5. Find the most ghetto thrift stores possible because “they have the best deals.”
  6. See how uncomfortable you can make Danielle in a variety of ways.

She bought $37 worth of stuff at the first store. $37! Did you even know thrift stores had $37 worth of stuff in them? Because I did not. These purchases included, but are not limited to, high heels that were surely owned by a former street walker, a jacket that was actually very nice and most likely never worn (well done), a cute shirt (again, well done), and the most hideous slippers humankind has ever seen, to be given as a gift to her mom, who “really loves that kind of thing.” I don’t know your mom, but no she doesn’t. She does not.

After store number 1, we headed to the ‘hood, where we encountered a thrift store straight out of the show “Hoarders.” The patroness of this establishment was, for unknown reasons, screaming at the top of her lungs about her dog and how he liked to “boo boo,” with “boo boo” apparently being some type of redneck code word for poop. Also, this dog had the most gigantic testicles in the world. I’m pretty sure he had cancer. Summer and I were both taken aback. ANYWAY, this store had a variety of gems.


Summer found harem/MC Hammer/awful pants in multiple colors and patterns that I’m pretty sure she actually considered buying. It was one of those situations where I was so horrified that I couldn’t tell whether she was just messing with me or not. It wasn’t funny.


The redneck lady started yelling at everyone that it was time to leave, so we rolled out. It was time to carbo load. Baby can only take so much thrifting in one day.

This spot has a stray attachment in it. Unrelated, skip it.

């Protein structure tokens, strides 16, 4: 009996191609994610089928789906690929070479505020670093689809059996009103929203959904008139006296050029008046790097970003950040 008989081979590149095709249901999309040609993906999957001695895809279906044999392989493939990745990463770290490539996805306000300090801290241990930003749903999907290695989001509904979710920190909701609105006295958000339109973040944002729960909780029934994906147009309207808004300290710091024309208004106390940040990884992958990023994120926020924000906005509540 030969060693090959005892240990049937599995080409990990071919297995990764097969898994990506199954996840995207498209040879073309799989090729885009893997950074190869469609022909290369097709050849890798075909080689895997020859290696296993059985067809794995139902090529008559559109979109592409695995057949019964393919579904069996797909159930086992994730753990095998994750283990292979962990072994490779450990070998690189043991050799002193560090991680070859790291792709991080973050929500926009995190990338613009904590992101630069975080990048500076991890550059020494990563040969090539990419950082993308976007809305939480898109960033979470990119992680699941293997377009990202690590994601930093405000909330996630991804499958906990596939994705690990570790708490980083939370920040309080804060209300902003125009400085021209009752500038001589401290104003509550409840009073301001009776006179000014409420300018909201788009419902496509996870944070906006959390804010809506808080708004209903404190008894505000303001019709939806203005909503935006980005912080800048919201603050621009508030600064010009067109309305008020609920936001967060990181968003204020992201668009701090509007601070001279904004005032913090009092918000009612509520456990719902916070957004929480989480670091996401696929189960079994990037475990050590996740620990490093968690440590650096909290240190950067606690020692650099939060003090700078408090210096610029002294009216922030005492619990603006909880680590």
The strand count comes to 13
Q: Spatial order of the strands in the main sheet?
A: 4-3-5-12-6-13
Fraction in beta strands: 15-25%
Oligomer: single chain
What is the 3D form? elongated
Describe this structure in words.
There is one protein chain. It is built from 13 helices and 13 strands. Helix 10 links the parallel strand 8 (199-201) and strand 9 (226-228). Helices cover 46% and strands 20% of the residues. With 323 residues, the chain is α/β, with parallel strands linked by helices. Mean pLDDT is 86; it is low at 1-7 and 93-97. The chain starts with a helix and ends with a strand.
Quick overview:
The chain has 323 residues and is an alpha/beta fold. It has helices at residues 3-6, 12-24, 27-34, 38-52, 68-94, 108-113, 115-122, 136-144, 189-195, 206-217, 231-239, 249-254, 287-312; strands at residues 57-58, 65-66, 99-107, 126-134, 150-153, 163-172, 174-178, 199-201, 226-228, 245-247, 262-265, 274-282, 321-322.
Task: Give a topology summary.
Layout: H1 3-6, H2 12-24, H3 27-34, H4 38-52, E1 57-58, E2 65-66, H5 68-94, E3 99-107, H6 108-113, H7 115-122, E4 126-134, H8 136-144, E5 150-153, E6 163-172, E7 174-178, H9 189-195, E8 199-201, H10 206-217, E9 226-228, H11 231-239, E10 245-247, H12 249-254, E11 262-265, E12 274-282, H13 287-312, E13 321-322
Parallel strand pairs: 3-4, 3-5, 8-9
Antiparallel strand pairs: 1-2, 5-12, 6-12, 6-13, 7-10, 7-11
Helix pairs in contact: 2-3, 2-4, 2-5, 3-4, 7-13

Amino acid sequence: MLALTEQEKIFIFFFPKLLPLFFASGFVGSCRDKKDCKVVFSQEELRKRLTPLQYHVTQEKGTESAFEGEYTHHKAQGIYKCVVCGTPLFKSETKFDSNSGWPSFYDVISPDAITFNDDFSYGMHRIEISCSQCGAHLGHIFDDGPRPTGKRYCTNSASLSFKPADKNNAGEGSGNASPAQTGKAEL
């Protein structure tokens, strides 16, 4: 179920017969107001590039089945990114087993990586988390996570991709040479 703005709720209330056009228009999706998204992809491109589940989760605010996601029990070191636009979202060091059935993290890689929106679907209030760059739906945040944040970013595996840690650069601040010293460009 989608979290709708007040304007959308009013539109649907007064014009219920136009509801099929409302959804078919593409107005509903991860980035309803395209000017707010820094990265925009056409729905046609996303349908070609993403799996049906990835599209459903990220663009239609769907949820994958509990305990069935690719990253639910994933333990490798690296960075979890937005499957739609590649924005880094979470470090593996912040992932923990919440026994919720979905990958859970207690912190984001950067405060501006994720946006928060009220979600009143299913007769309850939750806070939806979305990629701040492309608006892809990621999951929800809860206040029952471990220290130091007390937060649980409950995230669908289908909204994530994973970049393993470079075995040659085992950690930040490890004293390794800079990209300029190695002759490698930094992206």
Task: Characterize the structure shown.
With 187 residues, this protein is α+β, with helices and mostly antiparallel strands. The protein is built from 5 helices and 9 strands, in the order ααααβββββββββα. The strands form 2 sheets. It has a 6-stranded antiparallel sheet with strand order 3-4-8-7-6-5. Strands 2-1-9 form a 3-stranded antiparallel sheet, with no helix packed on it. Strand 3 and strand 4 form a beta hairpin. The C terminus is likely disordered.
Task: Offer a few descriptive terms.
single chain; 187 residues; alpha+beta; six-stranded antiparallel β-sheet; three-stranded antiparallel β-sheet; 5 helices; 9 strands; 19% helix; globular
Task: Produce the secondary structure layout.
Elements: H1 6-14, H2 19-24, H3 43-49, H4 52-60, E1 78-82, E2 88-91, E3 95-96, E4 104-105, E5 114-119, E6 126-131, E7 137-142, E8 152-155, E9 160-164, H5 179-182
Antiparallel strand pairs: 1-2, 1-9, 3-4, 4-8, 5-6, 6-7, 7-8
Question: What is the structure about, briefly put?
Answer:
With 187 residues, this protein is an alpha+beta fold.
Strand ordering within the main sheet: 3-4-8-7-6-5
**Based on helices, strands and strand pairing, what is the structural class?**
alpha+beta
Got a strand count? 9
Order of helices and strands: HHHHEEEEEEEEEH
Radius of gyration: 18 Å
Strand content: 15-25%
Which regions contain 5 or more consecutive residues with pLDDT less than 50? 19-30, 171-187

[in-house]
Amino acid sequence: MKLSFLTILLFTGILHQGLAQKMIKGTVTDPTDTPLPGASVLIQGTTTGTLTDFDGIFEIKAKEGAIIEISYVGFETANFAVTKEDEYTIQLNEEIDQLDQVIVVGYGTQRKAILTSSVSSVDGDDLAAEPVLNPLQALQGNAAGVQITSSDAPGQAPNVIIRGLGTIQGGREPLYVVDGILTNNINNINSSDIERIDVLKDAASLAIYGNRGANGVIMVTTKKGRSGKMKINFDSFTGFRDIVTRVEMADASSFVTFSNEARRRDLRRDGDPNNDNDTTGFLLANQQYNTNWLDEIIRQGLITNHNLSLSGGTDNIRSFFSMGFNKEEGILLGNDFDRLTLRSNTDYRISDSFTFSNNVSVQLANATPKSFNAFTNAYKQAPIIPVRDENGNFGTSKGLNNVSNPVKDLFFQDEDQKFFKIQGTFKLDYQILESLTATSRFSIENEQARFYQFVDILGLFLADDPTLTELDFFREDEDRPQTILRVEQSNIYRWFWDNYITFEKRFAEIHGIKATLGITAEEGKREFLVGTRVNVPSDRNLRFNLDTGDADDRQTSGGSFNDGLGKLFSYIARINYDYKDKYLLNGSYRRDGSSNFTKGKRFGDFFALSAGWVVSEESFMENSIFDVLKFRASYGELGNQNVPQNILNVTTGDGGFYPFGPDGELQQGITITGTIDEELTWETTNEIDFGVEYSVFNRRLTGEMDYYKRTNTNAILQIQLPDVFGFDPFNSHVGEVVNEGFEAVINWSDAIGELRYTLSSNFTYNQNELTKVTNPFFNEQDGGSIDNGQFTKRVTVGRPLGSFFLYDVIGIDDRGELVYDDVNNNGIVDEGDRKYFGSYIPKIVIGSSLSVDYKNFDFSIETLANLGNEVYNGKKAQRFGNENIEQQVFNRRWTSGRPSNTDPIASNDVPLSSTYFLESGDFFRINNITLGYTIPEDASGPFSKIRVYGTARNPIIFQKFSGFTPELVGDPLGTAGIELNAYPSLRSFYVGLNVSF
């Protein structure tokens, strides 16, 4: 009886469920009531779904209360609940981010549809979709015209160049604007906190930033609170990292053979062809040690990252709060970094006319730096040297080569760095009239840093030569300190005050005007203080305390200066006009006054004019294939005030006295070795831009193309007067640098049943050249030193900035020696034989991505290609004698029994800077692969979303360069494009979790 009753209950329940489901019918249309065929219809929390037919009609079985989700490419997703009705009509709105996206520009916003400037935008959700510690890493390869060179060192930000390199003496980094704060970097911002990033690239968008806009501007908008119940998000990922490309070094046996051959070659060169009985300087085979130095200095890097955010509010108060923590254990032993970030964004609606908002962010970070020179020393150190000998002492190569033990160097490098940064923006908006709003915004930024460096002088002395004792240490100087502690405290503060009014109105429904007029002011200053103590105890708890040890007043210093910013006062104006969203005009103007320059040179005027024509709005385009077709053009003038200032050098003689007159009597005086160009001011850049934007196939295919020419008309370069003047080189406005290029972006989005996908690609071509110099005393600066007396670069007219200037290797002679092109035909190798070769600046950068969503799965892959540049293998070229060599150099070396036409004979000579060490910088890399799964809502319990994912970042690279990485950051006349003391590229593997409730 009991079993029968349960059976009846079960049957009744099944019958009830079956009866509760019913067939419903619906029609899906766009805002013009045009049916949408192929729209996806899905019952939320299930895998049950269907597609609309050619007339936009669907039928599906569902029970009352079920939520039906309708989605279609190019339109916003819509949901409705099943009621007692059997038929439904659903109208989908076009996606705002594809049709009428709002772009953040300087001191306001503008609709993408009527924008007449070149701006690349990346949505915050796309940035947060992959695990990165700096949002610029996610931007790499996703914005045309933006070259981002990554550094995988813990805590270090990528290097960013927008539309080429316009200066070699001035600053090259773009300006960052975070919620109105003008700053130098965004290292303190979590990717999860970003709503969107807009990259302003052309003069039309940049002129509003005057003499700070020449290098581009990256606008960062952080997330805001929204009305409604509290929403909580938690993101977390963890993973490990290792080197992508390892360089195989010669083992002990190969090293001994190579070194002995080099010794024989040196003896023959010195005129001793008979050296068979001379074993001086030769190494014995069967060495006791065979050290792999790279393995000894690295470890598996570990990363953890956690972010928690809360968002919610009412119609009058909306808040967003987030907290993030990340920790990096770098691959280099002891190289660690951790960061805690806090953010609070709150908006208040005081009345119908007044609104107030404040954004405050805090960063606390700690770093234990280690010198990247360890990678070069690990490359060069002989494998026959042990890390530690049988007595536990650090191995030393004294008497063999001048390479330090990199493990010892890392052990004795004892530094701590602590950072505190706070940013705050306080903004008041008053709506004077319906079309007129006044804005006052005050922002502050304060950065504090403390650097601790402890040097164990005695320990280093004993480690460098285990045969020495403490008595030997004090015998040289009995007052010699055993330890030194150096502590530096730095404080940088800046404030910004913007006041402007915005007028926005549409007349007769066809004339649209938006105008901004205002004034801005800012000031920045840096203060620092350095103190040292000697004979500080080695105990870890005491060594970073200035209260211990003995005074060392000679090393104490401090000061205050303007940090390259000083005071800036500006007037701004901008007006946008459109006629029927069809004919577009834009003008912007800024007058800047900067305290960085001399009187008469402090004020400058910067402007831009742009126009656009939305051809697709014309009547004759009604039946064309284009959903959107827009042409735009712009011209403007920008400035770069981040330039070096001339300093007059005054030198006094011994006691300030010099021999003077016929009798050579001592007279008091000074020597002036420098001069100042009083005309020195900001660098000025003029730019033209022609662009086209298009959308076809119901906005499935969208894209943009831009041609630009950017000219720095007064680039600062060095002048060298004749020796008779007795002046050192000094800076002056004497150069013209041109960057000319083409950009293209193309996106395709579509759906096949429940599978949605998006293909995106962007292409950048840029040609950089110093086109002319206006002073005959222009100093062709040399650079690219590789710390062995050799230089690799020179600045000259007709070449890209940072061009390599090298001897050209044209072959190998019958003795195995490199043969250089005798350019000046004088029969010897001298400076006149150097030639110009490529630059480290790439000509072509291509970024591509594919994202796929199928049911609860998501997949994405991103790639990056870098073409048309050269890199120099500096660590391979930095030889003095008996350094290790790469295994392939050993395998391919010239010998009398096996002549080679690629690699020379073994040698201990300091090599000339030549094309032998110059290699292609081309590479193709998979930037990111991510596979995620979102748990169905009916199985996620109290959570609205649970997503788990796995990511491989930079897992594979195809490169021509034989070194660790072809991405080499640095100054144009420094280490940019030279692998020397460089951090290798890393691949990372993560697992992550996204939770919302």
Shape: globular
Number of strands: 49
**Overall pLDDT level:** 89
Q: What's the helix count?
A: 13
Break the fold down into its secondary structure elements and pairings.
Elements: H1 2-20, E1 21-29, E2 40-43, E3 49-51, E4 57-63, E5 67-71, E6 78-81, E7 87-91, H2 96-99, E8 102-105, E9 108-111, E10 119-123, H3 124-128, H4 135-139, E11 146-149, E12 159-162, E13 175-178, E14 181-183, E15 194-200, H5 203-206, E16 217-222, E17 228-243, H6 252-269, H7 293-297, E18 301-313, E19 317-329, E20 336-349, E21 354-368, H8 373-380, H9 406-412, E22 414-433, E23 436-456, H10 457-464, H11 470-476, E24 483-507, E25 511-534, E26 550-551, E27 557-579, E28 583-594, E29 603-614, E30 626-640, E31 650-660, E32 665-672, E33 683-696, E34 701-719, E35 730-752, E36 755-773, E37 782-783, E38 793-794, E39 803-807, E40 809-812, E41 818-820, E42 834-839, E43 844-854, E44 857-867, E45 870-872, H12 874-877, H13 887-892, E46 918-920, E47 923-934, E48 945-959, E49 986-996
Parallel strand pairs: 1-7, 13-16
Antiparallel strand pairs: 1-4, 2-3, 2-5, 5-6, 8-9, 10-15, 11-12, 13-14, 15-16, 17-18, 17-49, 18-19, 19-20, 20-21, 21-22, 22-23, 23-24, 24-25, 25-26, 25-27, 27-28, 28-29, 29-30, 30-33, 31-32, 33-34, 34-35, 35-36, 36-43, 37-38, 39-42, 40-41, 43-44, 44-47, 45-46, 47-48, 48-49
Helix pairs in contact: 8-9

Thanks to the $5 coupons provided by Mediterrania for dinner, we headed there. It was a Greek/Italian hybrid restaurant – my two favorite kinds. We ate a horrifying amount of food, which is par for the course for me on any given day. We’re talking two bread baskets, an appetizer of spanakopita, bowls of minestrone, and our actual entrees. It was awesome. One thing that was not awesome, however, was another offender of the no-race-shirt-pre-race rule. A man was sitting and eating dinner across the room from us wearing his race shirt, which was approximately 2 sizes too small. There was a lot of man boob. Sir, exchange your shirt for a bigger size if it does not fit as you anticipated. At the very least, do not eat while wearing it.


We made a quick run to Wal-Mart to buy supplies for posters and some last minute Saltines and Sprite, just in case. There’s funny looking people at every Wal-Mart, but Jacksonville seemed to be especially overrun.  We got out of there as quickly as possible and headed back to the hotel so Summer could make signs and I could question my life choices, aka my decision to run yet another marathon. Our literary greatness will be revealed in part two of the weekend report, not to worry.

Before bed, I read some of Hal’s (we’re on a first name basis now) book, specifically the part about being tough mentally during a race. Little did I know that this information would become extremely important on race day. Dun dun dunnnn.